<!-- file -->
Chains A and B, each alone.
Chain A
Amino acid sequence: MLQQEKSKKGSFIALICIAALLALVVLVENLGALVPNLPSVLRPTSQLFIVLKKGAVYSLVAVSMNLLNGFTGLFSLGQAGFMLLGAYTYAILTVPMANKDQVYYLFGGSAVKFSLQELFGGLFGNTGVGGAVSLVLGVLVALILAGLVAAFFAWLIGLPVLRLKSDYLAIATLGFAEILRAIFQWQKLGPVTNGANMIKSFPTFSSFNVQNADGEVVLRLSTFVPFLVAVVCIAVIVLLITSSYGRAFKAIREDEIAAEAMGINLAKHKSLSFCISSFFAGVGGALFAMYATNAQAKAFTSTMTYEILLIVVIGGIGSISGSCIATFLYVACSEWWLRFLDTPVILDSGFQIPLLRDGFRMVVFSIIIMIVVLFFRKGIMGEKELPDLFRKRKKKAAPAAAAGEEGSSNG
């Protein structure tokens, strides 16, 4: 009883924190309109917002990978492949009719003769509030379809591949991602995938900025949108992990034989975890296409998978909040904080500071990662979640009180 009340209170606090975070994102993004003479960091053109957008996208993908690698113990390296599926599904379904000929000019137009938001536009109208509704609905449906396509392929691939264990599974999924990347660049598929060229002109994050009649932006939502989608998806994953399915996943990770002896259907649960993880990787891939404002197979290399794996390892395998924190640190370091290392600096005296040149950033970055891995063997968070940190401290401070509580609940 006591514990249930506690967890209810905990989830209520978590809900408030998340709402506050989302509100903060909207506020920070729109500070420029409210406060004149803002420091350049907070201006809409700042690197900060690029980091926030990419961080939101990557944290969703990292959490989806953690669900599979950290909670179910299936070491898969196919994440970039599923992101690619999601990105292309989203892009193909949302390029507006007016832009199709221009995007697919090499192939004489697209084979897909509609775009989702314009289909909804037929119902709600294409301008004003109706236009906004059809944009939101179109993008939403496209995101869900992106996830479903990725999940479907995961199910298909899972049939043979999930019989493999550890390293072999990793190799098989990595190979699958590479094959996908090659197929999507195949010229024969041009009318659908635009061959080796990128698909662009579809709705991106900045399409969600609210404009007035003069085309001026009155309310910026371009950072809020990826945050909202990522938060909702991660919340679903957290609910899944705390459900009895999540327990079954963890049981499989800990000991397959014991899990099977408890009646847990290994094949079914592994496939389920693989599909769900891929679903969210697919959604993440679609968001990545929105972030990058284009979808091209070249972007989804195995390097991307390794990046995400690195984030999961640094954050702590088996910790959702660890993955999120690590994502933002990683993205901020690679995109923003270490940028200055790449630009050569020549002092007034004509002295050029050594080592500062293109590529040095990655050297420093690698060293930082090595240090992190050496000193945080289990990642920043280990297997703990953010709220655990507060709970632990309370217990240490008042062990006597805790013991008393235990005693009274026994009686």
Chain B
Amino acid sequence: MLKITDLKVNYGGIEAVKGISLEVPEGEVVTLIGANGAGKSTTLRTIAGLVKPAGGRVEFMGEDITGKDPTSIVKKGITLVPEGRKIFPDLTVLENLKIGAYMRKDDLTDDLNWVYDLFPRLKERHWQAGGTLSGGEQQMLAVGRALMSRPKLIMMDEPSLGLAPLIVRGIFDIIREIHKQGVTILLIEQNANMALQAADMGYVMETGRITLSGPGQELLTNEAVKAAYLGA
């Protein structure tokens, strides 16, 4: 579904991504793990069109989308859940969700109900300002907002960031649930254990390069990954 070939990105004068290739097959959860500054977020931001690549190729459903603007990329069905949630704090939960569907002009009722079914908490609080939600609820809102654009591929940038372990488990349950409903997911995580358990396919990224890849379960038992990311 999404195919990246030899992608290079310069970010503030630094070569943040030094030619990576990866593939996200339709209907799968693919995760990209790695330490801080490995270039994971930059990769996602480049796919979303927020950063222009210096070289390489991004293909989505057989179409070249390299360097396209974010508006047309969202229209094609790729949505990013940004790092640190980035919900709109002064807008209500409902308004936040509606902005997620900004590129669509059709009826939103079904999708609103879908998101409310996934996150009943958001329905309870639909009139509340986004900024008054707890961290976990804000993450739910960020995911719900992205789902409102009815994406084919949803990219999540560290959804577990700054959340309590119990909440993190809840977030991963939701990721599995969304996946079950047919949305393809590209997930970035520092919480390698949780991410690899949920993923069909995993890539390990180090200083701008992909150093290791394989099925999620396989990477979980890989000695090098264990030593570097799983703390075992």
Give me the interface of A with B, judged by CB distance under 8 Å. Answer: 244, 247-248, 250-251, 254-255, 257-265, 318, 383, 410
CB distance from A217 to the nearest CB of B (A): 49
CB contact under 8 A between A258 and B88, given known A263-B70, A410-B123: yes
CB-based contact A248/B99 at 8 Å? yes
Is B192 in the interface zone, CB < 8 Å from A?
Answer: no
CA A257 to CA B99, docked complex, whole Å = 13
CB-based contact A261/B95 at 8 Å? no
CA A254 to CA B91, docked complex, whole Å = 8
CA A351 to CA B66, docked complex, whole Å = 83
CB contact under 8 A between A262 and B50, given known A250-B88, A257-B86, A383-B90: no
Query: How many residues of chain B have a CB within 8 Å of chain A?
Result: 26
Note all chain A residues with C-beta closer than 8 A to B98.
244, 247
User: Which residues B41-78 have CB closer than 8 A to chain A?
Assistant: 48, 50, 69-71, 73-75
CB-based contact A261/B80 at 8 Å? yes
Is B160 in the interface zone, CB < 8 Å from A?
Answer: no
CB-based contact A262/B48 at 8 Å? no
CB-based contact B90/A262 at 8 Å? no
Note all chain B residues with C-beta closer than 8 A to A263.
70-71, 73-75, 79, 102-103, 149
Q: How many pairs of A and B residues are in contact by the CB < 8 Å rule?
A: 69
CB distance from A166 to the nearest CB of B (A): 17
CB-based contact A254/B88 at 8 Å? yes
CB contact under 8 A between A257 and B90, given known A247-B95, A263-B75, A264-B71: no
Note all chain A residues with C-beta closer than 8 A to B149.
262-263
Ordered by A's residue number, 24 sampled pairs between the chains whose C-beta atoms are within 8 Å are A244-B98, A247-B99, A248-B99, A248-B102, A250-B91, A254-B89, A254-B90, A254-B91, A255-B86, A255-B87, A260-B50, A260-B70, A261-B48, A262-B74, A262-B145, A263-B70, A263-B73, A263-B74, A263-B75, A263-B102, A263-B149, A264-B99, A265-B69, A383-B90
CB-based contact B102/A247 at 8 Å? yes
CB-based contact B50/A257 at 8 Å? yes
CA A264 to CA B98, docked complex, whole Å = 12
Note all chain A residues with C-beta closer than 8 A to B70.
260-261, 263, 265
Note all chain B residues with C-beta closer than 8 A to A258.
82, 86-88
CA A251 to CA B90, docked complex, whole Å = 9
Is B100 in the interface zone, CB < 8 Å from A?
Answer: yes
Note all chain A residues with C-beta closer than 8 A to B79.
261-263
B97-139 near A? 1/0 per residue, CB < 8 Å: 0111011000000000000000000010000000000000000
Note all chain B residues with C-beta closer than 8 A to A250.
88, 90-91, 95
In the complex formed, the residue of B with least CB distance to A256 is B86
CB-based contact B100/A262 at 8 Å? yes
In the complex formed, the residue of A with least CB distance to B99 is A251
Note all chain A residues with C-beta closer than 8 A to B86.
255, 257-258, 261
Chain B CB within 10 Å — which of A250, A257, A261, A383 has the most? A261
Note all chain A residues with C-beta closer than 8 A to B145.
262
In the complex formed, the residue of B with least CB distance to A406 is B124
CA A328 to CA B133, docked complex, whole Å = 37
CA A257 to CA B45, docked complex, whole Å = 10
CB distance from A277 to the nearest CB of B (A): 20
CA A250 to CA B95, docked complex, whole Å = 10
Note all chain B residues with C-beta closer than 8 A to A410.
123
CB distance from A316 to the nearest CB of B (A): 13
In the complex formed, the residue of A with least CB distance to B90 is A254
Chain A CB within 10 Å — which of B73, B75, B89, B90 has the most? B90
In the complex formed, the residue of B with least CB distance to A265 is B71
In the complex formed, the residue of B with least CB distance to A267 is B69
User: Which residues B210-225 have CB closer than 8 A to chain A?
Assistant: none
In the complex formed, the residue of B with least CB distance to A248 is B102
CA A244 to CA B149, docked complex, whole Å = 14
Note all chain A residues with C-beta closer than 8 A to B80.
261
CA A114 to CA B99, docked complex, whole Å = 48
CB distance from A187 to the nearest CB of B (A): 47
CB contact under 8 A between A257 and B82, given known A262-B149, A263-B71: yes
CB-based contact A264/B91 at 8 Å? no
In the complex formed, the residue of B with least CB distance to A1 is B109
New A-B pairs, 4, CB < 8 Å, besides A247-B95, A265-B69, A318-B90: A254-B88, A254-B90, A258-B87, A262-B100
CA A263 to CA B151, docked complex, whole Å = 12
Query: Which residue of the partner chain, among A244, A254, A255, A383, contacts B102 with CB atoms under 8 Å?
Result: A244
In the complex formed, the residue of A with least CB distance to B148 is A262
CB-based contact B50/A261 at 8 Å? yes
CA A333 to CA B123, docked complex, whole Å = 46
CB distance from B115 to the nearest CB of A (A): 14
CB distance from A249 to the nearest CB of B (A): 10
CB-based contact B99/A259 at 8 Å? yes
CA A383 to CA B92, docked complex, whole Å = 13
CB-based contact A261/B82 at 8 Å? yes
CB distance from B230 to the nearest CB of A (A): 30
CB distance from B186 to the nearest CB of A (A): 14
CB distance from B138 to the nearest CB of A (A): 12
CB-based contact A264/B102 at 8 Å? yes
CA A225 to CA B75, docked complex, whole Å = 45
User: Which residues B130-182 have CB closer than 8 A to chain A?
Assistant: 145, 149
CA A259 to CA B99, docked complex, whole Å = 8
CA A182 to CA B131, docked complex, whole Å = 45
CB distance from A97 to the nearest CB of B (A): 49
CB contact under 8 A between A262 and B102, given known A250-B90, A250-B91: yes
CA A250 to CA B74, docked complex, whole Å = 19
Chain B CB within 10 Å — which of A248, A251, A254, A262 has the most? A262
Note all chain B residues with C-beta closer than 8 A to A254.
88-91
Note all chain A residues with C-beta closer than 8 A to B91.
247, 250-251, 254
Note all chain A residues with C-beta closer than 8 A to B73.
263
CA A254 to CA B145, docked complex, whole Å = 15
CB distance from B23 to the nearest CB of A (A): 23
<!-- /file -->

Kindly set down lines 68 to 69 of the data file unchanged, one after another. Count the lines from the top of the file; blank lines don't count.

Note all chain B residues with C-beta closer than 8 A to A410.
123